If anyone’s snapped on cable news this week, they’ve seen New York’s streets cleared of cars and full of crowds, police cars, and the Popemobile. The leader of the Catholic Church has descended upon the Big Apple, and while many are overjoyed at his presence, some are just struggling to make their way home amongst traffic tie-ups and street closures.
Back in 1987, L.A. experienced a similar scenario, though with John Paul II instead of Francis waving to the crowds. Reports from that time indicate that the city managed pretty well; possibly well-prepared for huge events following the smooth and successful 1984 Olympics.
The L.A. Times reported “traffic was Olympics-light” for the Pope, as “Angelenos again kept their distance from any potential chaos.”
Giant crowds packed Dodger Stadium, 63,000 people to be more specific, to hear the Pope pontificate in both Spanish and English. There was also a packed Mass at the Coliseum, and a 7.2-mile parade wended through the city, with the expected traffic tie-ups that go with an event that attracts 300,000 spectators (a mild port-a-potty crisis occurred). While in town, the Pope stayed at the historic Vibiana church downtown, though it wasn’t too much of an inconvenience: DTLA was much less of a hot ticket than it is now.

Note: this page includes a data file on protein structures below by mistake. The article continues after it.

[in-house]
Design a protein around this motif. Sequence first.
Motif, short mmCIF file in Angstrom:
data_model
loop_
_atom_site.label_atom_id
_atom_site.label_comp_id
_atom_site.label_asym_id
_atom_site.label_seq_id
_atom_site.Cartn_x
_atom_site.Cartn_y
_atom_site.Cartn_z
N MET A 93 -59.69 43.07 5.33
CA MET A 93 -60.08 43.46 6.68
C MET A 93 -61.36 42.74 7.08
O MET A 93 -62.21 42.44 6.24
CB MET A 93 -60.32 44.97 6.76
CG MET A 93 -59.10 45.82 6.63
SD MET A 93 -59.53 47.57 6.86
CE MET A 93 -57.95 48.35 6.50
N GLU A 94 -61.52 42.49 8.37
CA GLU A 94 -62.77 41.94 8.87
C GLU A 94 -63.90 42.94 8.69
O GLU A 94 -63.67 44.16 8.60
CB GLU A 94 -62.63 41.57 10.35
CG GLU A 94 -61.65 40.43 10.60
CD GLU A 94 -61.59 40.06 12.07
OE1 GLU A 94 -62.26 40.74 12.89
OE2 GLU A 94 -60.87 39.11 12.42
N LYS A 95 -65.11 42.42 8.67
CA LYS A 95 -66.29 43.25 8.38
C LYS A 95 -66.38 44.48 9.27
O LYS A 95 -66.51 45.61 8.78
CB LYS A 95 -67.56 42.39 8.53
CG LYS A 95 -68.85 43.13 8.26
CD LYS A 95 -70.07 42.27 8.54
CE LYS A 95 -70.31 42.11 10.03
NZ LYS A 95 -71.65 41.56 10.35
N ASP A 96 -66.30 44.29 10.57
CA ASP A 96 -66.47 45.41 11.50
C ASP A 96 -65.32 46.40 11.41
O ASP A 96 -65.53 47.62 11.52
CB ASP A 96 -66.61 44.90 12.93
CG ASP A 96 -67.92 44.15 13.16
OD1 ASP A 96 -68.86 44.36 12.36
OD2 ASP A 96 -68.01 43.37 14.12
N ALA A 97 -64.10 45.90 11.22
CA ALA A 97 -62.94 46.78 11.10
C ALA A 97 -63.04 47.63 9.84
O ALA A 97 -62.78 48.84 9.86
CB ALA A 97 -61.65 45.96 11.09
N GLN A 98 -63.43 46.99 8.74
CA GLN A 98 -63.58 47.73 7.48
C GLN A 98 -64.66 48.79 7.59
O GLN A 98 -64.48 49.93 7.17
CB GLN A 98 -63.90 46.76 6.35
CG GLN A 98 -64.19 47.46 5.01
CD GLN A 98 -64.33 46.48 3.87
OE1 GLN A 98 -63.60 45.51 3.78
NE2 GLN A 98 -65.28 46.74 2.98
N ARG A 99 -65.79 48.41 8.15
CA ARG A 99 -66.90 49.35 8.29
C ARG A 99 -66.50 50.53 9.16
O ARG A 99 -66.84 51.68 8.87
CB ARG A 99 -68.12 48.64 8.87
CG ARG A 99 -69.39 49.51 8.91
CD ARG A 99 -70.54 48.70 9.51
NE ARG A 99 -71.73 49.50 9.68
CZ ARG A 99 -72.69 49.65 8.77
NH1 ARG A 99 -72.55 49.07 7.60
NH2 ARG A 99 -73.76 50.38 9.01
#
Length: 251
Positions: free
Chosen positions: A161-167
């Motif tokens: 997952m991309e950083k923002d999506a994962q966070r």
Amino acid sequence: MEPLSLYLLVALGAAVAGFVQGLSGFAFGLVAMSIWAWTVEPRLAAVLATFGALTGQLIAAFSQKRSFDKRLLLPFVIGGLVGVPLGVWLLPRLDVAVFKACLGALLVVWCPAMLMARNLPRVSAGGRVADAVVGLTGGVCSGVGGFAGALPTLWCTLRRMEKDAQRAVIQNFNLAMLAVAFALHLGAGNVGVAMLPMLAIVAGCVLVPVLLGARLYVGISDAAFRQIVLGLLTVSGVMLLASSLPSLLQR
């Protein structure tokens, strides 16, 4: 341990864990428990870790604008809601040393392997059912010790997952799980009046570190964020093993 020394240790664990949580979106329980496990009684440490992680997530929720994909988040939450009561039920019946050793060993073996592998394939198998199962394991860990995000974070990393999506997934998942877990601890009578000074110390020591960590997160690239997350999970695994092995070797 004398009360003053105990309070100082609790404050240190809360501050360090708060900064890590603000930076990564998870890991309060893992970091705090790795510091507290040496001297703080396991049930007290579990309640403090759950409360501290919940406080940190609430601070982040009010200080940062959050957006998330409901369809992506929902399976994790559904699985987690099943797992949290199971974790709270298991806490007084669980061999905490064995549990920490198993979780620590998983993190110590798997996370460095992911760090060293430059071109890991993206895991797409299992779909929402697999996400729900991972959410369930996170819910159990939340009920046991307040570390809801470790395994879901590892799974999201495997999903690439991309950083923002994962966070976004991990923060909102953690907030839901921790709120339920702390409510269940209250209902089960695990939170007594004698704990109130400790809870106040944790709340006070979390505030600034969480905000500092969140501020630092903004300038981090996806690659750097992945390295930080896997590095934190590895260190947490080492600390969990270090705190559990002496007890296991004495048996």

The city not only weathered the traffic storms, there was a significant drop in crime while the Pope crashed at our place.
“There was a sense of calm that came to the City,” Police Chief Darryl Gates said at the time. “People had time to reflect on what life is all about and maybe some felt there was more to life than committing crime.”